In a society in upheaval, just who are “the People”?
Even as we condemn the introduction of Russian troops in Crimea, we have to remember that the Cold War is over—and both sides must act that way.
The very fact that Ukrainian protesters can oust their leader and plunge their country into political uncertainty testifies to the diminished influence of the major international players trying to control outcomes in Kiev.
The neoconservatives and liberal interventionists were discredited long ago, but the United States still has an obligation to help solve the Syrian crisis.
Europe will never fully democratize until the Roma enjoy the same rights, privileges, and opportunities as their European brethren.
Clashes of colors — red shirts vs. yellow shirts in Thailand, a faded orange revolution in Ukraine — have many people reaching for the rainbow in response.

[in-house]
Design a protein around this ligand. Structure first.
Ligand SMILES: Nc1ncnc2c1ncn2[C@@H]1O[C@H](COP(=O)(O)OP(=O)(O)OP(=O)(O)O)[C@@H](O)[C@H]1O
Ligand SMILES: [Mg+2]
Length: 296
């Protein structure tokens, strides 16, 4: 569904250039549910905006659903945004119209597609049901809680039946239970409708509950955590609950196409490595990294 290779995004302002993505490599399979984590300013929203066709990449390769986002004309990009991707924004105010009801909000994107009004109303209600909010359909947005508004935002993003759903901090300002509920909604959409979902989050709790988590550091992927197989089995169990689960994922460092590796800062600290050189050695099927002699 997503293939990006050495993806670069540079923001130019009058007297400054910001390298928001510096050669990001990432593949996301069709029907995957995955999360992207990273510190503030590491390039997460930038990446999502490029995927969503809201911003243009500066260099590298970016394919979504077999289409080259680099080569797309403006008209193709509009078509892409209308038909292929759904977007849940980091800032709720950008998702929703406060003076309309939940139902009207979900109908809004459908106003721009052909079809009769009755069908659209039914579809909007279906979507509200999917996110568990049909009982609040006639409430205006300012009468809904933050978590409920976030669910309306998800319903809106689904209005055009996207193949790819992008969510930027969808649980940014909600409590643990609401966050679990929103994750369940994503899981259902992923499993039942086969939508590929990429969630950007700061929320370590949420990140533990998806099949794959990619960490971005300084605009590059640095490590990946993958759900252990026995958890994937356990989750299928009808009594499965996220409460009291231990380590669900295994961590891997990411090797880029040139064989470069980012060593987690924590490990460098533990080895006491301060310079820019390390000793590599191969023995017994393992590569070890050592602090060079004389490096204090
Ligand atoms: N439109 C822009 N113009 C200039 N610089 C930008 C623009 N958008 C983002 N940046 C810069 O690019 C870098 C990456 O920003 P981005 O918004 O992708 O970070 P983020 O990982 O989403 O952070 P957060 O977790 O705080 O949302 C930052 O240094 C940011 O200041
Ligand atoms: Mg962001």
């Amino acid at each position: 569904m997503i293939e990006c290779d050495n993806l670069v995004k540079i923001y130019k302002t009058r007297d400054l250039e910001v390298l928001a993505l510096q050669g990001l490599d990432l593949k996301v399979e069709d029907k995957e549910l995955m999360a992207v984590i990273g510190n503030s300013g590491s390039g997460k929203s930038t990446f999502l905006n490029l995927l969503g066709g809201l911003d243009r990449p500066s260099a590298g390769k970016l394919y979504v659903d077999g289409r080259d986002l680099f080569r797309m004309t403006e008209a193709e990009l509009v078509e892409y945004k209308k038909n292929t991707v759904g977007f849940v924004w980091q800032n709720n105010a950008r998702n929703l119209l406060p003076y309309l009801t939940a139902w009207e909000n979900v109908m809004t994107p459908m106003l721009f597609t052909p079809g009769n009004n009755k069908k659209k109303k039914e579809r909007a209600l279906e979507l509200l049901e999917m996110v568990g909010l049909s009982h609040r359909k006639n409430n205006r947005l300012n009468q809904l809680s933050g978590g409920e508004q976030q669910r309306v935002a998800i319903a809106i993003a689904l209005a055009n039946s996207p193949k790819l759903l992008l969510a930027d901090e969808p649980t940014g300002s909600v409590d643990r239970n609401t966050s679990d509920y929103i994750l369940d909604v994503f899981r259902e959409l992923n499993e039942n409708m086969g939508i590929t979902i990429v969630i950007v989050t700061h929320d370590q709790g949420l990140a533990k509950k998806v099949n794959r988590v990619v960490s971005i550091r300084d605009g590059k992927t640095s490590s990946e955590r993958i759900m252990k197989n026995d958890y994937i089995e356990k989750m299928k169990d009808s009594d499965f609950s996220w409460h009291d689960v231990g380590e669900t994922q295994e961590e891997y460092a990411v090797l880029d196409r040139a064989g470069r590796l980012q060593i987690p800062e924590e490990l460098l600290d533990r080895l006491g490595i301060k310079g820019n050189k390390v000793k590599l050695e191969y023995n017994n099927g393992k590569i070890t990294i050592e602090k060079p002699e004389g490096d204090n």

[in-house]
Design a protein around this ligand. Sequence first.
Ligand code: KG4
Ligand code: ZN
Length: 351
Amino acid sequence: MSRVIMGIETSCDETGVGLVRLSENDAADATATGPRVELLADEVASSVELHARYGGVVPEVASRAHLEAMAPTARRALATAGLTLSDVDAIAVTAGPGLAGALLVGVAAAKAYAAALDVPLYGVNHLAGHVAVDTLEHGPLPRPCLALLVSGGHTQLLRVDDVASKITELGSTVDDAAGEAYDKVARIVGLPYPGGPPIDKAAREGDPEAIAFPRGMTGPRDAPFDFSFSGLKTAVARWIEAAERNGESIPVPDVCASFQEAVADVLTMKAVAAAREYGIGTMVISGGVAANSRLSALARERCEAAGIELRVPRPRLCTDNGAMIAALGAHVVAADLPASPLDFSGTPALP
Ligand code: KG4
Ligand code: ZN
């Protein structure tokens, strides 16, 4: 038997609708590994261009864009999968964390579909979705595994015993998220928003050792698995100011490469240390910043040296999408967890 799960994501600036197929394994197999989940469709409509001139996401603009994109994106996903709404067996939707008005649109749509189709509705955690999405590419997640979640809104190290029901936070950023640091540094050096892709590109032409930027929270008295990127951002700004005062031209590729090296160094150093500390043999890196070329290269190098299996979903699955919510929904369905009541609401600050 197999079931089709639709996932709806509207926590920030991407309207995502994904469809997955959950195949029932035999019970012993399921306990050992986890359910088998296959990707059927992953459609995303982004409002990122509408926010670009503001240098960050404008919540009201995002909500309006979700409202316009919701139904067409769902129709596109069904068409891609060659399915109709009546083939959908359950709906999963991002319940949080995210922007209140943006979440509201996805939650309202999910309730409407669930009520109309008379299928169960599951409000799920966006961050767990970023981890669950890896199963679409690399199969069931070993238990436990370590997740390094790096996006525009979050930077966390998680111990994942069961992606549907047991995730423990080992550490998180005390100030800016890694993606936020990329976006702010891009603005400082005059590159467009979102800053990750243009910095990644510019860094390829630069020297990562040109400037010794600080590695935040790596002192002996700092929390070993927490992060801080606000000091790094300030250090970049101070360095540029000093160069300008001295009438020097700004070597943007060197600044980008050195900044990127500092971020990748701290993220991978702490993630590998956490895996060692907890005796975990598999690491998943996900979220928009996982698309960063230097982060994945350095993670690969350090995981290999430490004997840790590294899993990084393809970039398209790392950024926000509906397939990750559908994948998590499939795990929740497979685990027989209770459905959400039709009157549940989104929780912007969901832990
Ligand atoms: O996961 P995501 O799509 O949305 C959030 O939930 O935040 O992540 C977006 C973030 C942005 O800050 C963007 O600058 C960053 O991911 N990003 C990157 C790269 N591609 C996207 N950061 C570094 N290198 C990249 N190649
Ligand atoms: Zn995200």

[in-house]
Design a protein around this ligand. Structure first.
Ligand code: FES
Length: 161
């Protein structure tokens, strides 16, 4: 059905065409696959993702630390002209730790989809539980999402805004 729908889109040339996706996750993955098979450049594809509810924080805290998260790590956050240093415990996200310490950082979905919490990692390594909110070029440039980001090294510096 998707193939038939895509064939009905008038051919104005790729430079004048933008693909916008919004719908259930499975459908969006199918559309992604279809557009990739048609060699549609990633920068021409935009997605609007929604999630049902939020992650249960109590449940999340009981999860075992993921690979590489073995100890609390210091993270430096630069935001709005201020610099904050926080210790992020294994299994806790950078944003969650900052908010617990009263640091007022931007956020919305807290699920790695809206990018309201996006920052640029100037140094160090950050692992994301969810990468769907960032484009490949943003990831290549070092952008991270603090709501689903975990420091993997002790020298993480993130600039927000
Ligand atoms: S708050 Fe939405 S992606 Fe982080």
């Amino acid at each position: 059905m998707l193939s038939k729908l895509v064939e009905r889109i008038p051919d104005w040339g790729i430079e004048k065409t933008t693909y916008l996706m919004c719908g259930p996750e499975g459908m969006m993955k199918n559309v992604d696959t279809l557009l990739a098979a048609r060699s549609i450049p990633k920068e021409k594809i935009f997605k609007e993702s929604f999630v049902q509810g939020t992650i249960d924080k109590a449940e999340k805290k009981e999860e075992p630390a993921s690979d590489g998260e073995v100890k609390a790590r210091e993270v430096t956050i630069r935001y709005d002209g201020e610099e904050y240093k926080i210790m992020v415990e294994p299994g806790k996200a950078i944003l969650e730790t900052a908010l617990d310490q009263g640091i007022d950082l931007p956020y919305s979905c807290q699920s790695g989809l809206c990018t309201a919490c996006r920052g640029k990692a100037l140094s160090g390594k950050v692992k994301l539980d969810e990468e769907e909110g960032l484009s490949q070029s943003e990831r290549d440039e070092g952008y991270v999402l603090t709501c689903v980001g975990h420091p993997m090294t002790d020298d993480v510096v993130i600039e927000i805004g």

Our privacy is getting hit from two sides — from corporations as well as the government.
In Iraq, the U.S. broke a nation of human beings, and it owes them an apology–and restitution.
It’s a critical time to support Japanese efforts to oppose Prime Minister Shinzo Abe’s nationalist refashioning of his country.
Before we get cynical about 2014, let’s recount the good news from 2013: declining U.S. militarism, a resurgence of diplomacy, and a more forceful global discussion about inequality.